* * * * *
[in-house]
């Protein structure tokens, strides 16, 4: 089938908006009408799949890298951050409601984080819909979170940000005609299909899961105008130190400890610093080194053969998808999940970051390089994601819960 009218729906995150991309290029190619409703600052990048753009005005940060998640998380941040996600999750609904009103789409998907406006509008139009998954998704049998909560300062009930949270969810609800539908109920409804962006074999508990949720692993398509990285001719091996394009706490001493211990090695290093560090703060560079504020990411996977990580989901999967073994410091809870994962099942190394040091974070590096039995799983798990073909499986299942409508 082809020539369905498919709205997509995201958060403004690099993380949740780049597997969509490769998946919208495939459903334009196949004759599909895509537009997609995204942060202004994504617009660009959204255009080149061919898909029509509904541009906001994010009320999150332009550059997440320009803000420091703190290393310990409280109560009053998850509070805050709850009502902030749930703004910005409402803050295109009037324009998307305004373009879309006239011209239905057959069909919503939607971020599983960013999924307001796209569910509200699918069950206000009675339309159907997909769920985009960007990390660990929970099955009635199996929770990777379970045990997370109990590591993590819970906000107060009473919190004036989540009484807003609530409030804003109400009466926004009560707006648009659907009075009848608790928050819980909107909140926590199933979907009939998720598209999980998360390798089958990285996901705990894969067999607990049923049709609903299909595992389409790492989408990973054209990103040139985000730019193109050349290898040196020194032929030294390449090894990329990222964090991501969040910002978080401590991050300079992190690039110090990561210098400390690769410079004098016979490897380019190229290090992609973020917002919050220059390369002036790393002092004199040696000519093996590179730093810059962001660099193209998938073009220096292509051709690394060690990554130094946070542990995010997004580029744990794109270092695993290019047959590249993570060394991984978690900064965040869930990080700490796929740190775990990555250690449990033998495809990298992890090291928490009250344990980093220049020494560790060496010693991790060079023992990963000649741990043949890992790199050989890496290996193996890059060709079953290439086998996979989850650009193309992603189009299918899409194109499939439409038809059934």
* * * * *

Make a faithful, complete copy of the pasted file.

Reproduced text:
[in-house]
């Protein structure tokens, strides 16, 4: 089938908006009408799949890298951050409601984080819909979170940000005609299909899961105008130190400890610093080194053969998808999940970051390089994601819960 009218729906995150991309290029190619409703600052990048753009005005940060998640998380941040996600999750609904009103789409998907406006509008139009998954998704049998909560300062009930949270969810609800539908109920409804962006074999508990949720692993398509990285001719091996394009706490001493211990090695290093560090703060560079504020990411996977990580989901999967073994410091809870994962099942190394040091974070590096039995799983798990073909499986299942409508 082809020539369905498919709205997509995201958060403004690099993380949740780049597997969509490769998946919208495939459903334009196949004759599909895509537009997609995204942060202004994504617009660009959204255009080149061919898909029509509904541009906001994010009320999150332009550059997440320009803000420091703190290393310990409280109560009053998850509070805050709850009502902030749930703004910005409402803050295109009037324009998307305004373009879309006239011209239905057959069909919503939607971020599983960013999924307001796209569910509200699918069950206000009675339309159907997909769920985009960007990390660990929970099955009635199996929770990777379970045990997370109990590591993590819970906000107060009473919190004036989540009484807003609530409030804003109400009466926004009560707006648009659907009075009848608790928050819980909107909140926590199933979907009939998720598209999980998360390798089958990285996901705990894969067999607990049923049709609903299909595992389409790492989408990973054209990103040139985000730019193109050349290898040196020194032929030294390449090894990329990222964090991501969040910002978080401590991050300079992190690039110090990561210098400390690769410079004098016979490897380019190229290090992609973020917002919050220059390369002036790393002092004199040696000519093996590179730093810059962001660099193209998938073009220096292509051709690394060690990554130094946070542990995010997004580029744990794109270092695993290019047959590249993570060394991984978690900064965040869930990080700490796929740190775990990555250690449990033998495809990298992890090291928490009250344990980093220049020494560790060496010693991790060079023992990963000649741990043949890992790199050989890496290996193996890059060709079953290439086998996979989850650009193309992603189009299918899409194109499939439409038809059934």